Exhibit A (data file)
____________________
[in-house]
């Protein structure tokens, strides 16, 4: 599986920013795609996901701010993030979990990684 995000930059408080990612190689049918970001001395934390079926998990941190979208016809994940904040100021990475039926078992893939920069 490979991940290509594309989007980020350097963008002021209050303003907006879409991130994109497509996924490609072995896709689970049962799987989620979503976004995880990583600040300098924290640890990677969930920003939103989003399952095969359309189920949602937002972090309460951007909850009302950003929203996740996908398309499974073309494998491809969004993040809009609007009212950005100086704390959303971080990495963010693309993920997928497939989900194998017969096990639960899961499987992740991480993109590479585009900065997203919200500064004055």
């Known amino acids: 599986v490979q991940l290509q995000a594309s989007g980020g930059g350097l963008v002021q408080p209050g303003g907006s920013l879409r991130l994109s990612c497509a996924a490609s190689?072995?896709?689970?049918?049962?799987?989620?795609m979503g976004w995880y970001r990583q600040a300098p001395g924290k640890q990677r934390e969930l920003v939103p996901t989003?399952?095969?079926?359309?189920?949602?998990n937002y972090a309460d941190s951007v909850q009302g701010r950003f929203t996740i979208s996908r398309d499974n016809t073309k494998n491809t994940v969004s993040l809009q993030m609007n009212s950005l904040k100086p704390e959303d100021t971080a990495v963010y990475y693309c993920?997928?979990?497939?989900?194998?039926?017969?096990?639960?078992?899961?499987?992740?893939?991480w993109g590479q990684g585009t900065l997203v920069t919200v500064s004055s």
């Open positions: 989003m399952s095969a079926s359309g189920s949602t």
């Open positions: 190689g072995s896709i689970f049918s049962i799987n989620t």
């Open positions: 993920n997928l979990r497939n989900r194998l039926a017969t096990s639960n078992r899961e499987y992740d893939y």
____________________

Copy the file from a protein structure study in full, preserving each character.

[in-house]
């Protein structure tokens, strides 16, 4: 599986920013795609996901701010993030979990990684 995000930059408080990612190689049918970001001395934390079926998990941190979208016809994940904040100021990475039926078992893939920069 490979991940290509594309989007980020350097963008002021209050303003907006879409991130994109497509996924490609072995896709689970049962799987989620979503976004995880990583600040300098924290640890990677969930920003939103989003399952095969359309189920949602937002972090309460951007909850009302950003929203996740996908398309499974073309494998491809969004993040809009609007009212950005100086704390959303971080990495963010693309993920997928497939989900194998017969096990639960899961499987992740991480993109590479585009900065997203919200500064004055």
């Known amino acids: 599986v490979q991940l290509q995000a594309s989007g980020g930059g350097l963008v002021q408080p209050g303003g907006s920013l879409r991130l994109s990612c497509a996924a490609s190689?072995?896709?689970?049918?049962?799987?989620?795609m979503g976004w995880y970001r990583q600040a300098p001395g924290k640890q990677r934390e969930l920003v939103p996901t989003?399952?095969?079926?359309?189920?949602?998990n937002y972090a309460d941190s951007v909850q009302g701010r950003f929203t996740i979208s996908r398309d499974n016809t073309k494998n491809t994940v969004s993040l809009q993030m609007n009212s950005l904040k100086p704390e959303d100021t971080a990495v963010y990475y693309c993920?997928?979990?497939?989900?194998?039926?017969?096990?639960?078992?899961?499987?992740?893939?991480w993109g590479q990684g585009t900065l997203v920069t919200v500064s004055s």
């Open positions: 989003m399952s095969a079926s359309g189920s949602t």
């Open positions: 190689g072995s896709i689970f049918s049962i799987n989620t």
């Open positions: 993920n997928l979990r497939n989900r194998l039926a017969t096990s639960n078992r899961e499987y992740d893939y």